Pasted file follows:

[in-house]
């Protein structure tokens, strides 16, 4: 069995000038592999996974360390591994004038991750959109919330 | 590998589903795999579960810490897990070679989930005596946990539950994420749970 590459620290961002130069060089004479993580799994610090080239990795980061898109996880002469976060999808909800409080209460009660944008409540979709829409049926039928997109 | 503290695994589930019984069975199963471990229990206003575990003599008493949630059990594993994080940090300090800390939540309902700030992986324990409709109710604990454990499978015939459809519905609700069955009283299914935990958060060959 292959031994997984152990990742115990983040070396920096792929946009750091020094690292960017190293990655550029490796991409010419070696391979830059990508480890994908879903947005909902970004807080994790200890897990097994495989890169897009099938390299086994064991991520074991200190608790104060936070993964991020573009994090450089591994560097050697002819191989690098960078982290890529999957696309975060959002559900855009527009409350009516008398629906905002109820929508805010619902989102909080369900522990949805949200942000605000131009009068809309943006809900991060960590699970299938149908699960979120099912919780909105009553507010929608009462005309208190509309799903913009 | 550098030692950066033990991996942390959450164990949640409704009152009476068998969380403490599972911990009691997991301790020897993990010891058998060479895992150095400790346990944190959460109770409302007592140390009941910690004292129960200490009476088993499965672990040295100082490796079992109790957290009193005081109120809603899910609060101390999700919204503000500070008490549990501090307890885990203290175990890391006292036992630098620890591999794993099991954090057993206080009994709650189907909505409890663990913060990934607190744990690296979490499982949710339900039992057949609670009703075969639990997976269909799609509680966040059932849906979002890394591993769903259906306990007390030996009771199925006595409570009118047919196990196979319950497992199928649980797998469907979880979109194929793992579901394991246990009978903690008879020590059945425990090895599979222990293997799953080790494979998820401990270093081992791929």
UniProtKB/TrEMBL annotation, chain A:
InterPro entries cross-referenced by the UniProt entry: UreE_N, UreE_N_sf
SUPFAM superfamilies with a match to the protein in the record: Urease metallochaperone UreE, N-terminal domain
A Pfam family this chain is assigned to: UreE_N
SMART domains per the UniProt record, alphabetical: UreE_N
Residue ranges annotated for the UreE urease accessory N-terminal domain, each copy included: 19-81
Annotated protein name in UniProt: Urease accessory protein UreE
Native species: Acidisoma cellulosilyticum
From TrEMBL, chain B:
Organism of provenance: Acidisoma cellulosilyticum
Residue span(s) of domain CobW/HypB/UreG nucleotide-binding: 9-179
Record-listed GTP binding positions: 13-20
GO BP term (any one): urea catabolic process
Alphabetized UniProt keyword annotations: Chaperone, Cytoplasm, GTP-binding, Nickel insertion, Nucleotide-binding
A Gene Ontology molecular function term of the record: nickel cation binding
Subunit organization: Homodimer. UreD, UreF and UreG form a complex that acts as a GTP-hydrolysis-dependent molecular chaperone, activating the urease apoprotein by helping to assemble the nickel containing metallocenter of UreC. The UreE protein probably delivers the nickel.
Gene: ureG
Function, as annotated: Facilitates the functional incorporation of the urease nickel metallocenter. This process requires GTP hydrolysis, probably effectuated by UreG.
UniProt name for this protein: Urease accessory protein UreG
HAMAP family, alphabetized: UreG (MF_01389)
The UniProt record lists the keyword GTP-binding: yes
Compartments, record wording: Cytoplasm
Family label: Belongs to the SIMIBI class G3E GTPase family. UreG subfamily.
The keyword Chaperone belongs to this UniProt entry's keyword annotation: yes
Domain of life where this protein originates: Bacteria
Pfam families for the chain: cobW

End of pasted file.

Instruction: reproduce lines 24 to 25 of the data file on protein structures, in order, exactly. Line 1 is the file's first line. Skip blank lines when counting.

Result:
Compartments, record wording: Cytoplasm
Family label: Belongs to the SIMIBI class G3E GTPase family. UreG subfamily.